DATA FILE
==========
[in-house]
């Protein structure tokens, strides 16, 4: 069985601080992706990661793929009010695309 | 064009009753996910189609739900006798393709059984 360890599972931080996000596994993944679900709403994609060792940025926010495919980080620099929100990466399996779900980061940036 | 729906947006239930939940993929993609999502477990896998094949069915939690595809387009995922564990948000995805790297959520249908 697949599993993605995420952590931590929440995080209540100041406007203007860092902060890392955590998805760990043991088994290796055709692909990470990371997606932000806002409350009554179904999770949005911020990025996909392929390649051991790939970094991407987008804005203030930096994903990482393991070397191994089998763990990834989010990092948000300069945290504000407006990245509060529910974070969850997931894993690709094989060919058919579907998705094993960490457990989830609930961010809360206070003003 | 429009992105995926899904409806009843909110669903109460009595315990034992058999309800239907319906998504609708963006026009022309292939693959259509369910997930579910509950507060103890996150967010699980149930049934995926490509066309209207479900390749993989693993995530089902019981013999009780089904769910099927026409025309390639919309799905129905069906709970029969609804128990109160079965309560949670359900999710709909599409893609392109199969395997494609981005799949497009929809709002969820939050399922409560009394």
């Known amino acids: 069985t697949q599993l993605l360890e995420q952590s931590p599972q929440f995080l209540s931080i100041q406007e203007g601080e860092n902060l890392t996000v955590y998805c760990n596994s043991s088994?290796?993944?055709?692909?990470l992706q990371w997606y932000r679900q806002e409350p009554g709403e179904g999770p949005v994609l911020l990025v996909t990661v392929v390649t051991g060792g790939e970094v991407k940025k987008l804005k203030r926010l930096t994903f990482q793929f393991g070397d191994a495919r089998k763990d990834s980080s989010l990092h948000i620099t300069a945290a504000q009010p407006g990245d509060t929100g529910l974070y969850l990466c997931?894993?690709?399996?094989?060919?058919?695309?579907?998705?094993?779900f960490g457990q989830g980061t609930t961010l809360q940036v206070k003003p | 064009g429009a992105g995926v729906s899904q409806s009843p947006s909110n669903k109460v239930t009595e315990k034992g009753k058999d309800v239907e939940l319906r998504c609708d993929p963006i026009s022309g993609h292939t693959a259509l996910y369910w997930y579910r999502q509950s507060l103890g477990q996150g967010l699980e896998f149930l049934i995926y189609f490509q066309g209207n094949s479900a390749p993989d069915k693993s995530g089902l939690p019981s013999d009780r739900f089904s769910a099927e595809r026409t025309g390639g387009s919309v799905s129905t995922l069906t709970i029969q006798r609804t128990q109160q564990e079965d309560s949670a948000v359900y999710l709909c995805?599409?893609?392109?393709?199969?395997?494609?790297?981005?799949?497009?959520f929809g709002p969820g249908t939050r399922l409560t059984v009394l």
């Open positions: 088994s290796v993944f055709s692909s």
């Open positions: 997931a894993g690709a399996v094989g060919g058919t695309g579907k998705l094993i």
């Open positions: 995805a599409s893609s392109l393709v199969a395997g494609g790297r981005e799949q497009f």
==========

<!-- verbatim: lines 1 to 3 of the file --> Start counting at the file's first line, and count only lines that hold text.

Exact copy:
[in-house]
């Protein structure tokens, strides 16, 4: 069985601080992706990661793929009010695309 | 064009009753996910189609739900006798393709059984 360890599972931080996000596994993944679900709403994609060792940025926010495919980080620099929100990466399996779900980061940036 | 729906947006239930939940993929993609999502477990896998094949069915939690595809387009995922564990948000995805790297959520249908 697949599993993605995420952590931590929440995080209540100041406007203007860092902060890392955590998805760990043991088994290796055709692909990470990371997606932000806002409350009554179904999770949005911020990025996909392929390649051991790939970094991407987008804005203030930096994903990482393991070397191994089998763990990834989010990092948000300069945290504000407006990245509060529910974070969850997931894993690709094989060919058919579907998705094993960490457990989830609930961010809360206070003003 | 429009992105995926899904409806009843909110669903109460009595315990034992058999309800239907319906998504609708963006026009022309292939693959259509369910997930579910509950507060103890996150967010699980149930049934995926490509066309209207479900390749993989693993995530089902019981013999009780089904769910099927026409025309390639919309799905129905069906709970029969609804128990109160079965309560949670359900999710709909599409893609392109199969395997494609981005799949497009929809709002969820939050399922409560009394």
């Known amino acids: 069985t697949q599993l993605l360890e995420q952590s931590p599972q929440f995080l209540s931080i100041q406007e203007g601080e860092n902060l890392t996000v955590y998805c760990n596994s043991s088994?290796?993944?055709?692909?990470l992706q990371w997606y932000r679900q806002e409350p009554g709403e179904g999770p949005v994609l911020l990025v996909t990661v392929v390649t051991g060792g790939e970094v991407k940025k987008l804005k203030r926010l930096t994903f990482q793929f393991g070397d191994a495919r089998k763990d990834s980080s989010l990092h948000i620099t300069a945290a504000q009010p407006g990245d509060t929100g529910l974070y969850l990466c997931?894993?690709?399996?094989?060919?058919?695309?579907?998705?094993?779900f960490g457990q989830g980061t609930t961010l809360q940036v206070k003003p | 064009g429009a992105g995926v729906s899904q409806s009843p947006s909110n669903k109460v239930t009595e315990k034992g009753k058999d309800v239907e939940l319906r998504c609708d993929p963006i026009s022309g993609h292939t693959a259509l996910y369910w997930y579910r999502q509950s507060l103890g477990q996150g967010l699980e896998f149930l049934i995926y189609f490509q066309g209207n094949s479900a390749p993989d069915k693993s995530g089902l939690p019981s013999d009780r739900f089904s769910a099927e595809r026409t025309g390639g387009s919309v799905s129905t995922l069906t709970i029969q006798r609804t128990q109160q564990e079965d309560s949670a948000v359900y999710l709909c995805?599409?893609?392109?393709?199969?395997?494609?790297?981005?799949?497009?959520f929809g709002p969820g249908t939050r399922l409560t059984v009394l």